These girls only get let in the garden after everything is harvested, but they love to be fed the weeds from the garden.

The last part was pest management. For that- shift your thinking. You want to have the least impact possible. Sometimes, that means accepting that you might have to share some with the local creatures. It might mean working a little harder by hand-picking bugs or high-pressure washing trees to remove things without harming the environment. She also suggests rotating your crops and using mini-hoop gardens because the sunshades can be a physical barrier to pests. If you do end up spraying, spray the smallest area possible, even if it’s organic. If what you’re spraying will kill one thing, it will kill other things, too, so be careful.

How awesome is this?! More on this technique in the next post.

How awesome is this?! More on this technique in the next post.

Speaking of hoop houses- she explained what went wrong with my peppers this year! Peppers don’t like cool evenings. A hoop house with even a light covering will help hold the warmth a little later in the day. This winter I will be researching and building hoops so that next year I should have a better pepper crop. The tomatoes should enjoy it, too.

Urban Homestead Tour: Day 1: Part 1

Gardens, chickens, ducks, doves, rabbits, cats, and a pair of very friendly dogs. All in one urban back yard.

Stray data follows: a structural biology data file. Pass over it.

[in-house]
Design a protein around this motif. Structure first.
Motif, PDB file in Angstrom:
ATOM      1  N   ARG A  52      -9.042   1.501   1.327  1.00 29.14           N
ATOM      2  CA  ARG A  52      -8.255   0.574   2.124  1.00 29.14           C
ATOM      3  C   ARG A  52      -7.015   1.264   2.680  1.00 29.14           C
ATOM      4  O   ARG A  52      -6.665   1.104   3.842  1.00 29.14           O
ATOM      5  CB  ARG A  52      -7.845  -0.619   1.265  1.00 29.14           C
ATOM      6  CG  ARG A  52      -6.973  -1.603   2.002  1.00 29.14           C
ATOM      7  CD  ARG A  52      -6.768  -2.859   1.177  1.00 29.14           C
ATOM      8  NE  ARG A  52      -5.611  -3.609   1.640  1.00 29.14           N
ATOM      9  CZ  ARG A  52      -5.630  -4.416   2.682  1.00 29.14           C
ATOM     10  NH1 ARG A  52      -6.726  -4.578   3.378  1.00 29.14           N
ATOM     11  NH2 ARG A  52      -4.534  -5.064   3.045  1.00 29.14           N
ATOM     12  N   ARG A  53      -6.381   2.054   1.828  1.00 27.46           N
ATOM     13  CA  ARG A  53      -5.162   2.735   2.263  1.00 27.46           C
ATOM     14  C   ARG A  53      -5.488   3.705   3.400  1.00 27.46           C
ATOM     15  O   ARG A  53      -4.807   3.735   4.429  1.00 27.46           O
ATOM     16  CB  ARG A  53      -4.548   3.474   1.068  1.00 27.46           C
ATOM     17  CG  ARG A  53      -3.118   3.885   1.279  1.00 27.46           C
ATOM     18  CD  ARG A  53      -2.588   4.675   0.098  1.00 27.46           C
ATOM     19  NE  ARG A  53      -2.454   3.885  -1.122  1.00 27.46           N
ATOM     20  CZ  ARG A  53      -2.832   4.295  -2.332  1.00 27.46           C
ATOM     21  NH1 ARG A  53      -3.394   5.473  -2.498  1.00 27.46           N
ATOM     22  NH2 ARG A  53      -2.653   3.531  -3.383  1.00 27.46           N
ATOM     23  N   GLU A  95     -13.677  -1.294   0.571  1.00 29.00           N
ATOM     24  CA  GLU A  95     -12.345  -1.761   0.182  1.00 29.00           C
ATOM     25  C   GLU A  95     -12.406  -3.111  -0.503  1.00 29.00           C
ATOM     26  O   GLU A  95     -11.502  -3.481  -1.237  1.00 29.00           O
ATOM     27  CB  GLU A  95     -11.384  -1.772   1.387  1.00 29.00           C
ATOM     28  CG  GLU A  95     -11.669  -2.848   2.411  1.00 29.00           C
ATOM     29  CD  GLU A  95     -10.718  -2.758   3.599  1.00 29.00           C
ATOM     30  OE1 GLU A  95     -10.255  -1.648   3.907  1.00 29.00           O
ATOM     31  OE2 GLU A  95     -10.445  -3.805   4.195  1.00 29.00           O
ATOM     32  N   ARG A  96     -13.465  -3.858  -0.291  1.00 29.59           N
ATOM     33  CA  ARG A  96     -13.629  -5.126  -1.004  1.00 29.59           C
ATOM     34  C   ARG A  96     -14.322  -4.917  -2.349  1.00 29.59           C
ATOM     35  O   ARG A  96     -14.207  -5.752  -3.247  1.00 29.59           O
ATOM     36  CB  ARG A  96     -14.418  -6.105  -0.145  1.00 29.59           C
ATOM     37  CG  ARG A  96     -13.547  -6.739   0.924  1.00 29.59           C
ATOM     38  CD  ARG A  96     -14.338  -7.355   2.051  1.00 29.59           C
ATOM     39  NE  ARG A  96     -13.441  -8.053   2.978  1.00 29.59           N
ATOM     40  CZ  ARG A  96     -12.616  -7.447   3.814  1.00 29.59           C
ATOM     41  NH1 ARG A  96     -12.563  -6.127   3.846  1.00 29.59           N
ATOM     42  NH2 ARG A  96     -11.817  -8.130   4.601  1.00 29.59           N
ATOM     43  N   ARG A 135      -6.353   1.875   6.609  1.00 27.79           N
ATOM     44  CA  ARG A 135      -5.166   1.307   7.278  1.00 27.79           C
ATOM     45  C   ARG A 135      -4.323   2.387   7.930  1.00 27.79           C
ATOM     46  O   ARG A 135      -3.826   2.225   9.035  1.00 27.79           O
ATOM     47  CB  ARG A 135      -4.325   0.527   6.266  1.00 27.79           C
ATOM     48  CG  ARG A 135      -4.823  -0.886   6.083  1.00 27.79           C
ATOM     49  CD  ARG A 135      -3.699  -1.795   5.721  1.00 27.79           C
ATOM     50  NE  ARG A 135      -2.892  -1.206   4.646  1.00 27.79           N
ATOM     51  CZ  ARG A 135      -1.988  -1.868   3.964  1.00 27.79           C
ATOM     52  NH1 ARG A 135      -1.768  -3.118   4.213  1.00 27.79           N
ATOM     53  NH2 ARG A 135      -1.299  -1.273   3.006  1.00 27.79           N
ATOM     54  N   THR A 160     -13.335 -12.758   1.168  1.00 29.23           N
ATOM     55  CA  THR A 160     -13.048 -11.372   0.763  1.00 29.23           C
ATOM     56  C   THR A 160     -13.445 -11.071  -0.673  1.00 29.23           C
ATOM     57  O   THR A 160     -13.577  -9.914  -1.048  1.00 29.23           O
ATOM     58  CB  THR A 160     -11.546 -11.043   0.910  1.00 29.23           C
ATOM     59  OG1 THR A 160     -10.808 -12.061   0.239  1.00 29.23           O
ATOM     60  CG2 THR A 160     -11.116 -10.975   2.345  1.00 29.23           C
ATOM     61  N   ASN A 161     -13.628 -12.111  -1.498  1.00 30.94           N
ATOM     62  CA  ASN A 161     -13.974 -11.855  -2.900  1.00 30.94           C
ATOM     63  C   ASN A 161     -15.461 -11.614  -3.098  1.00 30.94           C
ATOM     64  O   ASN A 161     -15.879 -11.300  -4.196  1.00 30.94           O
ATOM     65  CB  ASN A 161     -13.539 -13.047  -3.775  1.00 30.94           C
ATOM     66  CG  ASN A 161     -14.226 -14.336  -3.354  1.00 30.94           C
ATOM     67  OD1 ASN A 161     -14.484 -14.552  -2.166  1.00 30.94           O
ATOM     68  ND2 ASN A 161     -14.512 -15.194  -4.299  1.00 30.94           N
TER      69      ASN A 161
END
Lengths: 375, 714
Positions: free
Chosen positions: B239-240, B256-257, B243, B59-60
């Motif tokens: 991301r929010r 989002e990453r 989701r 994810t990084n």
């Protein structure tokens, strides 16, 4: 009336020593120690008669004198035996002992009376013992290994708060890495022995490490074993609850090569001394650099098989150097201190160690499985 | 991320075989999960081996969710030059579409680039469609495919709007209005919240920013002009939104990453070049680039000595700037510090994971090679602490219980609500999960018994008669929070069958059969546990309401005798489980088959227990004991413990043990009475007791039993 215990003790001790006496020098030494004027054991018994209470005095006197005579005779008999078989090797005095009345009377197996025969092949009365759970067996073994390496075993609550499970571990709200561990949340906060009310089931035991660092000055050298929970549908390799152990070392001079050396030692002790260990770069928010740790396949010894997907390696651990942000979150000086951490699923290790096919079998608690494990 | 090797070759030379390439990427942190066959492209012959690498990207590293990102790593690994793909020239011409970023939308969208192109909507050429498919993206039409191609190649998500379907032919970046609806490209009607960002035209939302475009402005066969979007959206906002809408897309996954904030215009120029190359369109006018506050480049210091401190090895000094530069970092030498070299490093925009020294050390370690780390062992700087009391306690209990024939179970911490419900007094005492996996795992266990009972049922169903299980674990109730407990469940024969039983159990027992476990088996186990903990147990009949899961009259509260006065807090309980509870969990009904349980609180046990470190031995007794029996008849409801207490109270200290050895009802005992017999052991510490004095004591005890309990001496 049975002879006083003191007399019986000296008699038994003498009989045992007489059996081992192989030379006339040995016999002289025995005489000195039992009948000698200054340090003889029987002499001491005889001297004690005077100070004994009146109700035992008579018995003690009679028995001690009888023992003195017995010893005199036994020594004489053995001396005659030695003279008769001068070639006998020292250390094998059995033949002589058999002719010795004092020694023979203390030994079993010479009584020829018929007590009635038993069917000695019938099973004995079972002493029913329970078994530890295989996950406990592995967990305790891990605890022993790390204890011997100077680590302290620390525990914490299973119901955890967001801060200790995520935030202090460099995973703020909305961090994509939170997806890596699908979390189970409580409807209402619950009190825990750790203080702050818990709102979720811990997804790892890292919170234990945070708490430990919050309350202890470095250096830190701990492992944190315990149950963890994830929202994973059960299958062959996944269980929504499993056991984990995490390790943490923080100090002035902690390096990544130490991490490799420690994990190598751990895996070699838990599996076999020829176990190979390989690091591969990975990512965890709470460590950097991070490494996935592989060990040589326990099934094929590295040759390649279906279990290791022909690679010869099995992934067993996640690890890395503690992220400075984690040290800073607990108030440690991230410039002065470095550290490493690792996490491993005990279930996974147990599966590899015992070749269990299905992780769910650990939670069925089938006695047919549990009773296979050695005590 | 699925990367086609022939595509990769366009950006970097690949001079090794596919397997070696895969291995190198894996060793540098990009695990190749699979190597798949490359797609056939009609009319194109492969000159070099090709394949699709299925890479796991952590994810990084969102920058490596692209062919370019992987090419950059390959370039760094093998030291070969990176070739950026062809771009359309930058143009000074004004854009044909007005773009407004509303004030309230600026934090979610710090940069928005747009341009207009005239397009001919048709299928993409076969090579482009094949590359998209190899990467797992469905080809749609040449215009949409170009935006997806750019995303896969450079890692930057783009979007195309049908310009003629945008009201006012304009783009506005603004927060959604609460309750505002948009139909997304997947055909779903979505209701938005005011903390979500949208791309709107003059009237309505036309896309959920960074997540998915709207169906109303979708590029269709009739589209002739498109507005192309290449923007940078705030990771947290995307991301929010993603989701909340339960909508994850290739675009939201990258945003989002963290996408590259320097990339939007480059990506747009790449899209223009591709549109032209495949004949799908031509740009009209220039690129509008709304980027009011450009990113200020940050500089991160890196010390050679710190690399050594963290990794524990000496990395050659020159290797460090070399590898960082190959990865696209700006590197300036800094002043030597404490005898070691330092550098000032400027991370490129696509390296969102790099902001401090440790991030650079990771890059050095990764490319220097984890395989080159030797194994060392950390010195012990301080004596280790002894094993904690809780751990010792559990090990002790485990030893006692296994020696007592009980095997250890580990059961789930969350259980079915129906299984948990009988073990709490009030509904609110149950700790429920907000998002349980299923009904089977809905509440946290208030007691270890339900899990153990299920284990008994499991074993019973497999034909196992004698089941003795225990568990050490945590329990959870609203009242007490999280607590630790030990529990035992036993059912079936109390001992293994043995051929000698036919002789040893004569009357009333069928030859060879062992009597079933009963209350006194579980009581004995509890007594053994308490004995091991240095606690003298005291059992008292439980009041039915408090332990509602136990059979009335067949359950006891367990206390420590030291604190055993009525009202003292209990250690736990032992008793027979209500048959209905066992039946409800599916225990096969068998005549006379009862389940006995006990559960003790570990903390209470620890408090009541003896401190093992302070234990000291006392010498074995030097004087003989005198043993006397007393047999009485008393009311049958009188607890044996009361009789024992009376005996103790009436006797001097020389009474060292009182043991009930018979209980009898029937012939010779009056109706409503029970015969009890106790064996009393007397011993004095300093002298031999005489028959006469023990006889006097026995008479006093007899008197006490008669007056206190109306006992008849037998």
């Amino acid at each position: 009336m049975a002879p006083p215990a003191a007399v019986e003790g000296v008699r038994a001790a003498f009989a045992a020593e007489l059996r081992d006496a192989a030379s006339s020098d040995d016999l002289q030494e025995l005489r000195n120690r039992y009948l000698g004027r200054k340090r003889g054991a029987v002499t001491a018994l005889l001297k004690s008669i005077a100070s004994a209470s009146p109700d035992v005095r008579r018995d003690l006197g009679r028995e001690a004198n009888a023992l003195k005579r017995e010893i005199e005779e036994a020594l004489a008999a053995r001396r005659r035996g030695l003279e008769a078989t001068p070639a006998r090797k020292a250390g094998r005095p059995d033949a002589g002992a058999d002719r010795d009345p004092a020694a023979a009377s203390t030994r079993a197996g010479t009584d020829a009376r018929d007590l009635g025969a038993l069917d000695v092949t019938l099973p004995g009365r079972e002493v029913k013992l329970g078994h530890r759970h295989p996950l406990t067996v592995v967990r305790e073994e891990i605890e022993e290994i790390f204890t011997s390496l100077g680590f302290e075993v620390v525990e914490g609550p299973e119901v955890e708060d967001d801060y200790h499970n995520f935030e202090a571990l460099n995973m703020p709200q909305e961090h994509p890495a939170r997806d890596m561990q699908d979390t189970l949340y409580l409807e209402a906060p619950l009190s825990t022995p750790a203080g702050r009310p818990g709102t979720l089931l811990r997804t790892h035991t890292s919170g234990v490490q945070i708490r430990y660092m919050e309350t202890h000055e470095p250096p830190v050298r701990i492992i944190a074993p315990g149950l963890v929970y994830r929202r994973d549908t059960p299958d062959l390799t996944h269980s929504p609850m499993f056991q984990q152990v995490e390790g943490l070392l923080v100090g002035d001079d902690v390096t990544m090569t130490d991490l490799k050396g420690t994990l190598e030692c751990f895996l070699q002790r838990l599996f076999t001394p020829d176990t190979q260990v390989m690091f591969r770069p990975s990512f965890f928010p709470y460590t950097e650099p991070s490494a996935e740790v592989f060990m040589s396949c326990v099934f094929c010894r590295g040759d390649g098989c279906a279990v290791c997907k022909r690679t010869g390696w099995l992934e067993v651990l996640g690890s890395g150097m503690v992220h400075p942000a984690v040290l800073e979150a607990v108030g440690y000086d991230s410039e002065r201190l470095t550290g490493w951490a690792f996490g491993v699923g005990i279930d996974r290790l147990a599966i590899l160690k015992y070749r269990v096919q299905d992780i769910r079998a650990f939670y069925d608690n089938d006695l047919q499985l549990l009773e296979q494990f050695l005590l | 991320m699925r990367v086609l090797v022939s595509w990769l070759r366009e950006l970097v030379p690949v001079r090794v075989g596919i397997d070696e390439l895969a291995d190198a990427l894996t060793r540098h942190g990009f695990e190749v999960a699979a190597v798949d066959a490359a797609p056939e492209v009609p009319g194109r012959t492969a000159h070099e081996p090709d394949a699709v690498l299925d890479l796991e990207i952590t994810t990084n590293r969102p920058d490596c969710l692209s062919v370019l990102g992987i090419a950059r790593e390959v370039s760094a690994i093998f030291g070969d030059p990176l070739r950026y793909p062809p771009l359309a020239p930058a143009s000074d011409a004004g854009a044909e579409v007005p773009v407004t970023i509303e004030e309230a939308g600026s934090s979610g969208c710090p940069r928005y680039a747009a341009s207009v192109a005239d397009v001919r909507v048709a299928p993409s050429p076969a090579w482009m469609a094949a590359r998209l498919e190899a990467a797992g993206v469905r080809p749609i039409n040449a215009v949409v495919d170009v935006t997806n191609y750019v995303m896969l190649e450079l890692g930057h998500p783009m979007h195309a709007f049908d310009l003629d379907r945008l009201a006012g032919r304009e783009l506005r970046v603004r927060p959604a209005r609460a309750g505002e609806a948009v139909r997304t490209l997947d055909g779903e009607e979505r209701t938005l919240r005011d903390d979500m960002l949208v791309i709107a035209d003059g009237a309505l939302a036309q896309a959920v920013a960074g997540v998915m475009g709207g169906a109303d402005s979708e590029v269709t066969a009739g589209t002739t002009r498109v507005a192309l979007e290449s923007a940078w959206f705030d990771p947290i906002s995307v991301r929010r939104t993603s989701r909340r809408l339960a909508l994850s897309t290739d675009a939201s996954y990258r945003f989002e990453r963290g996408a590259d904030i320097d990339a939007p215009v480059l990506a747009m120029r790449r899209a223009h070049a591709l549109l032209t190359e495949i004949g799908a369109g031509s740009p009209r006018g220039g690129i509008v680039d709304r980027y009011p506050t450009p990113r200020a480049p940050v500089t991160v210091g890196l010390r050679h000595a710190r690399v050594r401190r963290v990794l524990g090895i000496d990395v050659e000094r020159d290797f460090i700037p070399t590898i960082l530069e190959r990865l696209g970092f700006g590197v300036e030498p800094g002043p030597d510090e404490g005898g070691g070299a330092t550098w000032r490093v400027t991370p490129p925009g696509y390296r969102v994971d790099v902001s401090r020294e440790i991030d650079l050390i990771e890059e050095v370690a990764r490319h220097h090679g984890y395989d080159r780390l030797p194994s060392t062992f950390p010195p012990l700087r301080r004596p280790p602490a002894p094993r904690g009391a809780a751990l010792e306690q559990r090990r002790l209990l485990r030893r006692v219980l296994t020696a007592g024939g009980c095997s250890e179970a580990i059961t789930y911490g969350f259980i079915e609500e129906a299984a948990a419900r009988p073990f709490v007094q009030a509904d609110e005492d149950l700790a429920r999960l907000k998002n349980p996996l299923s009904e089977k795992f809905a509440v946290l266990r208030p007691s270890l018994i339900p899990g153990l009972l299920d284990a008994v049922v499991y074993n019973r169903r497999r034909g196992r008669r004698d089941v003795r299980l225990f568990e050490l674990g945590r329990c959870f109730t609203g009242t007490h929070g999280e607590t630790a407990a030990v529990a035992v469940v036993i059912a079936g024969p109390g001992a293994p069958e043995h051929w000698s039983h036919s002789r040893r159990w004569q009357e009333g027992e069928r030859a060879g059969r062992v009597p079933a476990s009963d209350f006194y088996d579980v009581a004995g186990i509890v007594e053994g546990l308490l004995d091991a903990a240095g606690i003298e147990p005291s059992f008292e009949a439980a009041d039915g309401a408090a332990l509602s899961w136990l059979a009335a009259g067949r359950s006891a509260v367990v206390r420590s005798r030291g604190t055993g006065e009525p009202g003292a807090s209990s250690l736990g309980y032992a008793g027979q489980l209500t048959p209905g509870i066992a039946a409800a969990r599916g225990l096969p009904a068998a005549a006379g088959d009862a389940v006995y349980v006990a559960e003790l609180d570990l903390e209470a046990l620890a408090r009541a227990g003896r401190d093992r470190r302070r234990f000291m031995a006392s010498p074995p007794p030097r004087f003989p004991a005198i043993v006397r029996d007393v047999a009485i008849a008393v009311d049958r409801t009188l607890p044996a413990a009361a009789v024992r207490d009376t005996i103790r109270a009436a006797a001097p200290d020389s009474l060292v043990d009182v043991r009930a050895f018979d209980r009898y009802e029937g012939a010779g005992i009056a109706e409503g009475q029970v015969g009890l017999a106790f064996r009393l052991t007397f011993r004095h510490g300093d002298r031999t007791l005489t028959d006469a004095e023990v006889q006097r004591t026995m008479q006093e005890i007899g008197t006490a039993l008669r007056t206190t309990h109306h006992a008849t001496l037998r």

Gardens, chickens, ducks, doves, rabbits, cats, and a pair of very friendly dogs. All in one urban back yard.

It was pure chance that I stumbled on the schedule for the first annual Urban Homestead Tour, but I’m so glad I did. Each homestead had a 45(ish) minute presentation staggered so you could attend all four of them each day. Each homestead was also open for four hours so that you could come before or after the crush if that worked better for you. It turns out the turnout was a bit more than expected. Next year, presenters, could you have the homesteaders do two or four presentations during the open house to spread out the mob a bit? It’s only going to get more popular, and some of the yards weren’t set up in a way to handle large audiences. That being said, even if I missed some parts of some of the presentations, each one gave me a good dose of information. So much, in fact, that you’re only going to get an overview here. You’ll have to come out next year to get the whole scoop.

It's a treadle sewing machine! That she uses!

It’s a treadle sewing machine! That she uses!

The first stop on the tour was Kathy Olson, formerly of Couch Comfies by Kathy. Her topic was fiber arts. She was a fantastic start because when she asked me if I was a homesteader and I demurred (I consider myself to still be aspiring to that title), she asked if I canned, or froze, or sewed? I don’t can at the moment, but I’ll get serious about freezing once my freezer arrives, and I do knit. I guess I do belong with these folks! She then described the best way to freeze herbs. Wash and dry them, lay them flat in a ziplock bag and squeeze the air out. Once they’re frozen, you can just open the bag to cut off what you need.

She made the bear when she was 12, and he's sitting on her first quilt and other samples of very doable quilting.

She made the bear when she was 12. He’s sitting on her first quilt and other samples of very doable quilting.